With a number of analysts predicting Bitcoin’s hashrate to increase to a range of 300-325 EH/s by end of year, it's valuable to see what level of hashrate is required from a large mining firm just to keep its share of the pie.
The selected publicly listed miners above predictably show a positive hashrate growth in line with global hashrate increase. Iris Energy and Marathon lead the way in terms of percentage growth, growing significantly quicker than the global hashrate.
Funding this growth takes capital – often vast sums. Let’s take a look at the three ways miners can access funding: equity raise, debt raise or selling Bitcoin.
Disclaimer: This material is not intended to be relied upon as a forecast, research or investment advice, and is not a recommendation, offer or solicitation to buy or sell any investment or to adopt any investment strategy.
After the China exodus, North America-based miners had an opportunity in front of them: raise capital and become dominant miners on the Bitcoin network.
The two best examples to date are Riot Blockchain (RIOT) and Marathon Digital (MARA) – which were Nasdaq-listed at the time – capitalizing on easy access to Wall Street money with an investment of 42,000 S19j miners for $138.5 million and 30,000 S19j Pro miners for $120.7 million. Both miners are relative hashrate giants.
A company can raise capital by selling shares to investors, known as equity funding. North America-based miners have the ability to raise capital by going public through an initial public offering (IPO) or even secondary offerings if they are required to raise more capital. For example, Riot announced during its 2021 Q3 update that it had successfully completed a $600 million at-the-market (ATM) equity offering.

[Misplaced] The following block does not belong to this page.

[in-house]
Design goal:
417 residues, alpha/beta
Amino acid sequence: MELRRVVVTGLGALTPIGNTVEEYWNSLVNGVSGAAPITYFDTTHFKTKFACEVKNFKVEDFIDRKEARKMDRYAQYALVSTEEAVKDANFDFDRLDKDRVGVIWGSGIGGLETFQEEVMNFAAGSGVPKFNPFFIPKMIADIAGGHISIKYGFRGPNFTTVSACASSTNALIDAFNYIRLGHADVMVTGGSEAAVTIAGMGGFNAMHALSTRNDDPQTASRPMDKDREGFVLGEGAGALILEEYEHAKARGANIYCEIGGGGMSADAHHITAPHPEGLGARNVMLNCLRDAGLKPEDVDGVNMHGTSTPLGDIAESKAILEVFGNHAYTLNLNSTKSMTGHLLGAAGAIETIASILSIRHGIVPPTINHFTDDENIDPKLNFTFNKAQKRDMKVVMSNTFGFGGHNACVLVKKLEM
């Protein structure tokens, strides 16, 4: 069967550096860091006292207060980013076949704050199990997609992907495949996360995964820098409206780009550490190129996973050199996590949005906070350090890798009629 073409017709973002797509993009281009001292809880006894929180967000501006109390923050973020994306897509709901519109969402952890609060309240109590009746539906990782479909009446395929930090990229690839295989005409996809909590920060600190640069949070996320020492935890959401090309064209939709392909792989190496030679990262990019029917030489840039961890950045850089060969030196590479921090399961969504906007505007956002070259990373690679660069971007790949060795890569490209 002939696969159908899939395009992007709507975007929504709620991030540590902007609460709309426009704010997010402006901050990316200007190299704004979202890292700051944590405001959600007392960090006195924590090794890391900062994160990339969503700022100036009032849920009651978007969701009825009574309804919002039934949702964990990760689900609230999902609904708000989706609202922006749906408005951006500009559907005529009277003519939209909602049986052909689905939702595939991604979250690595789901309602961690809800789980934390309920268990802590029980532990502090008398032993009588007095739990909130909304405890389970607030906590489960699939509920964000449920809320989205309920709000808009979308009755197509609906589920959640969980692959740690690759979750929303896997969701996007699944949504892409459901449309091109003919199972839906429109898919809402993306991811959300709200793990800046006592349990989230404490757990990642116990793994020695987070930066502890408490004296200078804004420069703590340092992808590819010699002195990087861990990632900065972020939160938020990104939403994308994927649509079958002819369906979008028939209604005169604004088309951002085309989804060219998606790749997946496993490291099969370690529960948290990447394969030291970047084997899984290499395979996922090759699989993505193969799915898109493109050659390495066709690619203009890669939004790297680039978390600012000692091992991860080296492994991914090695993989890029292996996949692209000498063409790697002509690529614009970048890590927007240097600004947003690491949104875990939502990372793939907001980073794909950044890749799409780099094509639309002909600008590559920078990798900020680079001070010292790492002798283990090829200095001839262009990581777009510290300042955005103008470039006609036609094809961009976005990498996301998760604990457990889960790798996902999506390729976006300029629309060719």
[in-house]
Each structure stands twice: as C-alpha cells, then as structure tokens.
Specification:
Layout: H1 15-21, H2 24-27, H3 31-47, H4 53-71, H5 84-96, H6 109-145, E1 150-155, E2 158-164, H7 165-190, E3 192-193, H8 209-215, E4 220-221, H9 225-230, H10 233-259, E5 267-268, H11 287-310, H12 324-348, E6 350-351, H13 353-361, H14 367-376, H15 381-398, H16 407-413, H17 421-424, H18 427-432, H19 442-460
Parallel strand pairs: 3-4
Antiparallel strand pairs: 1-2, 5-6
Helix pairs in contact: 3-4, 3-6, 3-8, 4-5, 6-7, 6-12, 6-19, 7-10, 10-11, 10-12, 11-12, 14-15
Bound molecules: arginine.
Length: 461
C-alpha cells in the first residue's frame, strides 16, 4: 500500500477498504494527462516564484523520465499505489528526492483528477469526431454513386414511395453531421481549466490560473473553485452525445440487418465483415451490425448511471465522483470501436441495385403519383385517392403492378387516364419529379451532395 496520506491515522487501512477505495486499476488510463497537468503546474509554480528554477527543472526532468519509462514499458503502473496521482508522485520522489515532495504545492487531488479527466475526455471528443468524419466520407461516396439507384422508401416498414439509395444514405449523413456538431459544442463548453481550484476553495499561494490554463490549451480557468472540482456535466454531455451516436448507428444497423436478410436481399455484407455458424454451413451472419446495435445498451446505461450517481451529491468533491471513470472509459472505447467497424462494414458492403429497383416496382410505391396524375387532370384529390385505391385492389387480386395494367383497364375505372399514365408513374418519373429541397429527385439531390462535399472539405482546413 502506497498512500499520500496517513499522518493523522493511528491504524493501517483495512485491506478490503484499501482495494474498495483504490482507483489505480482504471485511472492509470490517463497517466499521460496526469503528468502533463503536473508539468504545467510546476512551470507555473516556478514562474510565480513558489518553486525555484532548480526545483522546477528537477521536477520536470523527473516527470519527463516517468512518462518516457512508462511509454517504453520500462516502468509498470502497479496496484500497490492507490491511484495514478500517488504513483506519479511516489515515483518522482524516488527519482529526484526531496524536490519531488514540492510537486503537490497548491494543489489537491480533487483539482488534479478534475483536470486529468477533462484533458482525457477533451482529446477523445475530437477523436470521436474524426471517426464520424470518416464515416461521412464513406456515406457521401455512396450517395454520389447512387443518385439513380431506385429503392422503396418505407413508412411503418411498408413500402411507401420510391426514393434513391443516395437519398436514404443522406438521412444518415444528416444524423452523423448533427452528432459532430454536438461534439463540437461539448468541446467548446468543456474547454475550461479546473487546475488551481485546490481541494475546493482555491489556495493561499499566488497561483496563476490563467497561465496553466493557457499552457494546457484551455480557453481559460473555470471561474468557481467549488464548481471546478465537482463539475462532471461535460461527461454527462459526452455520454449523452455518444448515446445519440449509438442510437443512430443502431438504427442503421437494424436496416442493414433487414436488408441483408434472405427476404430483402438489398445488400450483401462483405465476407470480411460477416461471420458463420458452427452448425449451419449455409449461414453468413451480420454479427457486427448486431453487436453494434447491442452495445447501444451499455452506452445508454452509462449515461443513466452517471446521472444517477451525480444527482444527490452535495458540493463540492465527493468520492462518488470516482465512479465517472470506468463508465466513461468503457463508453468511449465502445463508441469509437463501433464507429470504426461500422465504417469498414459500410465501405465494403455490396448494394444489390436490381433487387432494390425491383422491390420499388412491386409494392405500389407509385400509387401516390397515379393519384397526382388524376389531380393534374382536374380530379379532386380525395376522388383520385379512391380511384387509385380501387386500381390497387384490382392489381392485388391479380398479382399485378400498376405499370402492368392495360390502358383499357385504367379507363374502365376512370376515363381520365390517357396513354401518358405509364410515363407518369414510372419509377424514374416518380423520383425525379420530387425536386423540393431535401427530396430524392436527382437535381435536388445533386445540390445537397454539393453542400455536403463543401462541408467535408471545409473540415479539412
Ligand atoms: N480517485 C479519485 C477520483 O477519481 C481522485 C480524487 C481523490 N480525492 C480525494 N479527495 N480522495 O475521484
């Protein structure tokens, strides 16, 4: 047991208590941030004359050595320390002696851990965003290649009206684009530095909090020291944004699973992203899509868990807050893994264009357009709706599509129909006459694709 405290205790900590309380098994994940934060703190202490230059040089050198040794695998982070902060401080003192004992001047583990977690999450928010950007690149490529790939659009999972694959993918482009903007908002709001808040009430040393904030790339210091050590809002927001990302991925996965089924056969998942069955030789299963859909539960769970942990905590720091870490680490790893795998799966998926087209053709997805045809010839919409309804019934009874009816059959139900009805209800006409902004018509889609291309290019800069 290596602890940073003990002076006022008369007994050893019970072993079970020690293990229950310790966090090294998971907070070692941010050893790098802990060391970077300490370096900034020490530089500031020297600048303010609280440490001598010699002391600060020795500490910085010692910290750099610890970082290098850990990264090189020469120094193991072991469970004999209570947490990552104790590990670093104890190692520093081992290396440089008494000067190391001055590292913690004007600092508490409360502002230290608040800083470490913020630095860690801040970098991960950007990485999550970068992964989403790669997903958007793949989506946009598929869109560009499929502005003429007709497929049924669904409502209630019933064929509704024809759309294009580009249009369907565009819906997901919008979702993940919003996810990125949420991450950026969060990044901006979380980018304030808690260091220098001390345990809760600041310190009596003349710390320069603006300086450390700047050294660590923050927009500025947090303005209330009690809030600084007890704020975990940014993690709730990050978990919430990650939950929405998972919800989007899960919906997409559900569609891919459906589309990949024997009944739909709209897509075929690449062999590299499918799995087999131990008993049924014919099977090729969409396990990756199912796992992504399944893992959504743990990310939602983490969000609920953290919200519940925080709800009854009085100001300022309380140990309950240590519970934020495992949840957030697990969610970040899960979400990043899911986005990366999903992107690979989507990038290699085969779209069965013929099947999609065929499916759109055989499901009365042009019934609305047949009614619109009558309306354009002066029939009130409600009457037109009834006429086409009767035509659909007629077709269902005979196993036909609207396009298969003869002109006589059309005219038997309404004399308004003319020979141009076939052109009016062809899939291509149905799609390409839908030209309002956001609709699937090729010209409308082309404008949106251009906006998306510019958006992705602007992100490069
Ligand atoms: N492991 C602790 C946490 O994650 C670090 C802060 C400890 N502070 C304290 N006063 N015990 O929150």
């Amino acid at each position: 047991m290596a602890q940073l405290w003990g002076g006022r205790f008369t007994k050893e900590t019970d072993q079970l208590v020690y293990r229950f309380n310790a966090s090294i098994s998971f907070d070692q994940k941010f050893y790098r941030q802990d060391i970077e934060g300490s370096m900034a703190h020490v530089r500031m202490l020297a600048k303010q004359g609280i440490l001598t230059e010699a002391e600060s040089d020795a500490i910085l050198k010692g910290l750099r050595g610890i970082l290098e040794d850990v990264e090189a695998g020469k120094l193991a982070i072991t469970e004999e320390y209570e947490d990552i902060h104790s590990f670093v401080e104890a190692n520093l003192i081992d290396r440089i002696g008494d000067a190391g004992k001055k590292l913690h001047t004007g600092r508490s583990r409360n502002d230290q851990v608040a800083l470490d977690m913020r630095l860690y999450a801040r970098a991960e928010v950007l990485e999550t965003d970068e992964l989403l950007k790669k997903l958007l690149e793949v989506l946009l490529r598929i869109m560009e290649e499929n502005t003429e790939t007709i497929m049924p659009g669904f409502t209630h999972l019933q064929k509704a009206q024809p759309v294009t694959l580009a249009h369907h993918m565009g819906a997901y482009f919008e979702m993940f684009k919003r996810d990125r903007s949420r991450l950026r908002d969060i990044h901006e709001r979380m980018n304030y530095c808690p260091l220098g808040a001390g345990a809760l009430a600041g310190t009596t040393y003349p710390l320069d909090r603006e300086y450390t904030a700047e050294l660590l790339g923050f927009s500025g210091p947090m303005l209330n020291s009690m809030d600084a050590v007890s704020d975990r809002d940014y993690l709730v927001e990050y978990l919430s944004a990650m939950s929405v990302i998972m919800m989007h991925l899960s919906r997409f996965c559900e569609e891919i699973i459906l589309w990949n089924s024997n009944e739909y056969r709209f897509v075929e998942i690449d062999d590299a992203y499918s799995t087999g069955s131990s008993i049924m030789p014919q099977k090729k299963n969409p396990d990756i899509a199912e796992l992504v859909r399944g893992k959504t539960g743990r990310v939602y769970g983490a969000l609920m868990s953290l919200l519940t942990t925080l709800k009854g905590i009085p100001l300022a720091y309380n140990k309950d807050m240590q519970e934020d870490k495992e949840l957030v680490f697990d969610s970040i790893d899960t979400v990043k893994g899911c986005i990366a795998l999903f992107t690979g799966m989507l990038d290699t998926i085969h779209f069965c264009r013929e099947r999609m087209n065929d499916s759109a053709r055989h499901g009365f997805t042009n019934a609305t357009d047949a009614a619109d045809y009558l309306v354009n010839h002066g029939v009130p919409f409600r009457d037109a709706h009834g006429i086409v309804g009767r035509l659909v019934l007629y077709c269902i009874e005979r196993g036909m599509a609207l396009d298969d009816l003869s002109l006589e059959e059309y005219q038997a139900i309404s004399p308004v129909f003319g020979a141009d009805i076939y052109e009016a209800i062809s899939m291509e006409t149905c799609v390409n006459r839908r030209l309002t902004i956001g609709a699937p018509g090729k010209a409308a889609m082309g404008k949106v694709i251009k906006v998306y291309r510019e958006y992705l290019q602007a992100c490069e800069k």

A few other miners, namely Bitfarms (BITF), Digihost Technology (DGHI) and Marathon, have recently applied to raise capital through ATM offerings. These are usually secondary offerings of stock, which allow companies to raise capital over time. In an ATM offering, companies incrementally sell shares into the secondary trading market through a designated broker-dealer at prevailing market prices. The advantages of this are that orders are usually executed at once without the need to watch and "time" the market. They are also effective for trades that need executing by a certain date. Disadvantages can include the fact that there is no control over executed price, thereby providing a risk of not getting the best price, and that they can be costly if the stock is volatile.
Bitcoin miners like Argo Blockchain (ARBL), which are publicly traded on the London stock exchange, have also recently successfully listed on the Nasdaq (ARBK). This has enabled Argo to raise a further $128 million of capital to help fund the expansion of its flagship mining facility at Helios, Texas.
The obvious advantage to equity raises is that they enable the company to obtain funds with no loan or repayments to make. However, shareholders don’t always view equity raises favorably, as dilution impacts their level of value and ownership. If a listed company is required to go to make additional or secondary offerings, sometimes these come with discounts or warrants attached, to attract new investors. (Argo offered a 20% discount when it diluted its shares in March 2021).